Research Finds Newest Generation of E-Cigarettes May Improve Your Ability to Quit Smoking

Have cigarettes finally met their match? New research from the Oklahoma Tobacco Research Center at the Stephenson Cancer Center demonstrates that the newest generation of e-cigarettes may be a powerful tool in quitting tobacco.

Published in the international journal, Tobacco Control, this research shows that the newest generation of high-powered e-cigarettes is able to deliver nicotine just like a cigarette, but with much lower levels of cancer-causing agents and no carbon monoxide.

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Experimental Psychologist with a Focus on the Science of Addiction Recruited to Stephenson Cancer Center

Francesco Versace, PhD, an experimental psychologist who specializes in the neuroscience of tobacco and other addictions, has been recruited to the Stephenson Cancer Center at the University of Oklahoma. Versace will have a key role at the Oklahoma Tobacco Research Center at the Stephenson Cancer Center. He will serve as an associate professor in the Department of Family and Preventive Medicine at the University of Oklahoma Health Sciences Center.

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Finding Common Ground Against Big Tobacco

A recently published study proposes a pact between the public health community and the vaping community to combat a shared enemy, Big Tobacco. While the two parties have argued the harmfulness – or the helpfulness – of vapor products like e-cigarettes, this study suggests the parties share common ground in uniting to create a super alliance against Big Tobacco companies.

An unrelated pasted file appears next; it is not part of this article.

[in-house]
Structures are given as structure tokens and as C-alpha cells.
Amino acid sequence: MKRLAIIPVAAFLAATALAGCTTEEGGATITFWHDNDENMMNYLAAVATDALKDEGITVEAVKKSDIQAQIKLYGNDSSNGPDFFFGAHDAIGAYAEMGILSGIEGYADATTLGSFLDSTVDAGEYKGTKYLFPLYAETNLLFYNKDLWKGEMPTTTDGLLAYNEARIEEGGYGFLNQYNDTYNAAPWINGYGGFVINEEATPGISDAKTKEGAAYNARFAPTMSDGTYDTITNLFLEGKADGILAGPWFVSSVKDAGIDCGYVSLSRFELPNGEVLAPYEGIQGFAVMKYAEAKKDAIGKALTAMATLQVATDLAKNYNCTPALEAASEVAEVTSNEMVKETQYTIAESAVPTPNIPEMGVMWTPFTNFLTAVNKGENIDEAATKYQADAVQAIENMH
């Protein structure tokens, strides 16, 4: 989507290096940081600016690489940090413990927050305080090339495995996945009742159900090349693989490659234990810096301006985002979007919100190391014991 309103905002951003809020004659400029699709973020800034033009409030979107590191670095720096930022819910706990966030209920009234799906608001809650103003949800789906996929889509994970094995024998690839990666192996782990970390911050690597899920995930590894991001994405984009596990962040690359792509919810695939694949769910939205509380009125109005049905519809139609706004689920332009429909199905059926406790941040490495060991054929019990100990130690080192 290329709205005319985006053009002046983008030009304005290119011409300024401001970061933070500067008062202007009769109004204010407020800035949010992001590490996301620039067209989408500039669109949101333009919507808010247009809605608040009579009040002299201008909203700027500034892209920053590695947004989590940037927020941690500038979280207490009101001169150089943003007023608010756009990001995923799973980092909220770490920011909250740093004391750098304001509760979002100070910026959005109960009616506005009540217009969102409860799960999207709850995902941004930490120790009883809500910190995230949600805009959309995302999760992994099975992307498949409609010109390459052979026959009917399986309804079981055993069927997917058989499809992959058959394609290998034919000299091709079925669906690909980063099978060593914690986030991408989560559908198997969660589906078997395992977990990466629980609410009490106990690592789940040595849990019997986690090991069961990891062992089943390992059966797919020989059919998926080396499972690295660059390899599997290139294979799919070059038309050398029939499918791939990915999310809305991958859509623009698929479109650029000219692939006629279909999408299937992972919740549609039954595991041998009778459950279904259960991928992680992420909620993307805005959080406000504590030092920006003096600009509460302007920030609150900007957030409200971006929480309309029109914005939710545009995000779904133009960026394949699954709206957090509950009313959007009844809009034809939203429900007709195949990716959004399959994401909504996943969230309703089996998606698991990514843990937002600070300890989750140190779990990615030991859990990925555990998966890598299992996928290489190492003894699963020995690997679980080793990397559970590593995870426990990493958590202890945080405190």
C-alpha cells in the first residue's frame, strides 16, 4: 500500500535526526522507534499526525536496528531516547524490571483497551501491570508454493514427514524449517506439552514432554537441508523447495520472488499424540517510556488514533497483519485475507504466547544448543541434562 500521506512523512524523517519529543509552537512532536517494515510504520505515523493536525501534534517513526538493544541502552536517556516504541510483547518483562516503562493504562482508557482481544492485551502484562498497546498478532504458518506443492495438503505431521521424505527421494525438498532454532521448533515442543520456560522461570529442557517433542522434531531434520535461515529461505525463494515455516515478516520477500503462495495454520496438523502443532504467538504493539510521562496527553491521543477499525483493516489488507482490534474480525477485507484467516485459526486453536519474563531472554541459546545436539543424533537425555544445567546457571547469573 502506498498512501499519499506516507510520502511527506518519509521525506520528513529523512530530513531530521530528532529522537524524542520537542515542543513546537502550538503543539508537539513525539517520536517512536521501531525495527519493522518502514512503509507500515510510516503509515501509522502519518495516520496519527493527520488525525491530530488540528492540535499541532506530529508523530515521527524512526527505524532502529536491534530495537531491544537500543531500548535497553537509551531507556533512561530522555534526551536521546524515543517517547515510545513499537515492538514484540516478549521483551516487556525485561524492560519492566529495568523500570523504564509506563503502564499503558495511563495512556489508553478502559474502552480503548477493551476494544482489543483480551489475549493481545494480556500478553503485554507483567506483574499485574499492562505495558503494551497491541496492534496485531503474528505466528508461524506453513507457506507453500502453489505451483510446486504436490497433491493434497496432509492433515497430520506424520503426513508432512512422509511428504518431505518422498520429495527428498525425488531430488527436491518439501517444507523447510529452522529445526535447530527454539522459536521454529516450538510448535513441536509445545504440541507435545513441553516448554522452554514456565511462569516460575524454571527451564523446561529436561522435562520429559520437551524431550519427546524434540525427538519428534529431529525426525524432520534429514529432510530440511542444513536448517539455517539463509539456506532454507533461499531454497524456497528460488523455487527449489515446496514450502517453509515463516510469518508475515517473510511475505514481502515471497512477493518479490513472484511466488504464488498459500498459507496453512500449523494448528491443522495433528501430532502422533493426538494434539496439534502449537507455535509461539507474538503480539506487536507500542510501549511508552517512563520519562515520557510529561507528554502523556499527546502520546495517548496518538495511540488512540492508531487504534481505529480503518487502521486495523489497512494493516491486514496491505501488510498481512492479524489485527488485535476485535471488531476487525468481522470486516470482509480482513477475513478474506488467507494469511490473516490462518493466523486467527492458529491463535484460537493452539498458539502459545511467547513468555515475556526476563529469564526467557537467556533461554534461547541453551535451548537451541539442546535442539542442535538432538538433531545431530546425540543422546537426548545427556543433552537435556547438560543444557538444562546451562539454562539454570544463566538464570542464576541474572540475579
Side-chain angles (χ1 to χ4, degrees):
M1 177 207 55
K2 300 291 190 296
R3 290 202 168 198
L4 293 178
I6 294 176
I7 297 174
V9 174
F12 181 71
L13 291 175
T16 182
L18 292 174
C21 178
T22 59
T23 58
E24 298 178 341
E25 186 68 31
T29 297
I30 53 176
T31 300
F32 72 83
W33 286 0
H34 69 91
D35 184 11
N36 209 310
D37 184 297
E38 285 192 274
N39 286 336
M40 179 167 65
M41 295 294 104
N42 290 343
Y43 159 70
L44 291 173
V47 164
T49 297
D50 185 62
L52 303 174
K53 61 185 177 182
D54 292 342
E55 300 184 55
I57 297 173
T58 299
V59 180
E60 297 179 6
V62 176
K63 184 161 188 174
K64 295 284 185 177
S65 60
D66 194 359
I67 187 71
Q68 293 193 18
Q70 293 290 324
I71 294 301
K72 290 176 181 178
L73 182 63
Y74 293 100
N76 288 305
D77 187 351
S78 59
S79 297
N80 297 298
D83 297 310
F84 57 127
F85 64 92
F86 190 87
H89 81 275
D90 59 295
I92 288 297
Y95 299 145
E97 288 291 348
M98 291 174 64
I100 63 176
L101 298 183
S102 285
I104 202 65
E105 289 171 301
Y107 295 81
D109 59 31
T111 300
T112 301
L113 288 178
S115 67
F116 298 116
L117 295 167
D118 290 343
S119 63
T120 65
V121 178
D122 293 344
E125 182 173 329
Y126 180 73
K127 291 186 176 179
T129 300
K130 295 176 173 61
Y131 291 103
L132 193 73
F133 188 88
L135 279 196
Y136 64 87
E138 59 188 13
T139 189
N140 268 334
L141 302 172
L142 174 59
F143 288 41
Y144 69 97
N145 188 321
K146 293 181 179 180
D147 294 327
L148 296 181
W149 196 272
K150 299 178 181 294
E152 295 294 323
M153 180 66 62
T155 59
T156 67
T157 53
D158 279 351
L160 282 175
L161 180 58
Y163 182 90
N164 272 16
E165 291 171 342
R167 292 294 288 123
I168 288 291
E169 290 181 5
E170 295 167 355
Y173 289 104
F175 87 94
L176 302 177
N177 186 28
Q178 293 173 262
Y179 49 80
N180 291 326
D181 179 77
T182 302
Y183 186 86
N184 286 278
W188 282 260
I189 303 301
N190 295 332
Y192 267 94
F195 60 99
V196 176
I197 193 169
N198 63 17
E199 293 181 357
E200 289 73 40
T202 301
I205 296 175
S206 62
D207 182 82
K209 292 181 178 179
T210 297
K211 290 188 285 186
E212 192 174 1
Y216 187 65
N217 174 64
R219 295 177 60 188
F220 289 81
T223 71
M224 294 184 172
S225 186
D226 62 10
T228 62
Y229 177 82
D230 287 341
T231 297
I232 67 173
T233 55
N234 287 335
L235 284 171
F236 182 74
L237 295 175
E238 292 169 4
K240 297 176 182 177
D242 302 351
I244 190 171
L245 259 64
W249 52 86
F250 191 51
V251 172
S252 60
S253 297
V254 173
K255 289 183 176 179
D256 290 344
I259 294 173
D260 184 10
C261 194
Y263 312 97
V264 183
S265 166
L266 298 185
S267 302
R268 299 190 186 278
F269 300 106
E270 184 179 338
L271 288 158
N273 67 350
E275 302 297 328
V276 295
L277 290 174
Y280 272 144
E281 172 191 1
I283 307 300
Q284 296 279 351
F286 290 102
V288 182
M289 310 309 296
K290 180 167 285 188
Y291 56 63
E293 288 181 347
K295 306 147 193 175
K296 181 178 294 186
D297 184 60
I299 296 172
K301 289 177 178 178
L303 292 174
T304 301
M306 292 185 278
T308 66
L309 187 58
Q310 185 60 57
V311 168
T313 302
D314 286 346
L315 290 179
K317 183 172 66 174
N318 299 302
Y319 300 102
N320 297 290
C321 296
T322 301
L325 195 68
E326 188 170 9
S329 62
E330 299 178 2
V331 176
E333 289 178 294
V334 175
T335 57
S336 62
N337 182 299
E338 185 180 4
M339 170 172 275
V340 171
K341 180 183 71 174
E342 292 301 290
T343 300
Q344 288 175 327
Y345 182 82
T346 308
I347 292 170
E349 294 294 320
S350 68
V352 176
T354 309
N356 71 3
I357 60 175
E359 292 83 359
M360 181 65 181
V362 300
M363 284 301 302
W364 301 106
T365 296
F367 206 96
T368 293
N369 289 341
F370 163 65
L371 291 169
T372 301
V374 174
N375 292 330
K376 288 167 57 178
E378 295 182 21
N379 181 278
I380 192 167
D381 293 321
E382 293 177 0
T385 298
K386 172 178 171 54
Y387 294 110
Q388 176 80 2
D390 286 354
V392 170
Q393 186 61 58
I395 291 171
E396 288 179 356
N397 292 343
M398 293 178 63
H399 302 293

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Stephenson Cancer Center Announces $20 Million TSET Expansion Grant to Oklahoma Tobacco Research Center

The Oklahoma Tobacco Settlement Endowment Trust has awarded a five-year, $20 million grant to Stephenson Cancer Center to fund the expansion of the Oklahoma Tobacco Research Center. Grant dollars will directly support the Oklahoma Tobacco Research Center, a program of the Stephenson Cancer Center. Tobacco use in Oklahoma continues to be our greatest preventable cause of premature death and disability, and the economic cost to our state exceeds $2 billion.

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Two behavioral scientists who specialize in tobacco control research, Darla Kendzor, PhD, and Michael Businelle, PhD, have been recruited to the Stephenson Cancer Center at the University of Oklahoma. They bring expertise in utilizing targeted incentives and mobile health technologies as a tool for curbing tobacco use and promoting healthy lifestyle choices, with a particular focus on low socioeconomic status populations.

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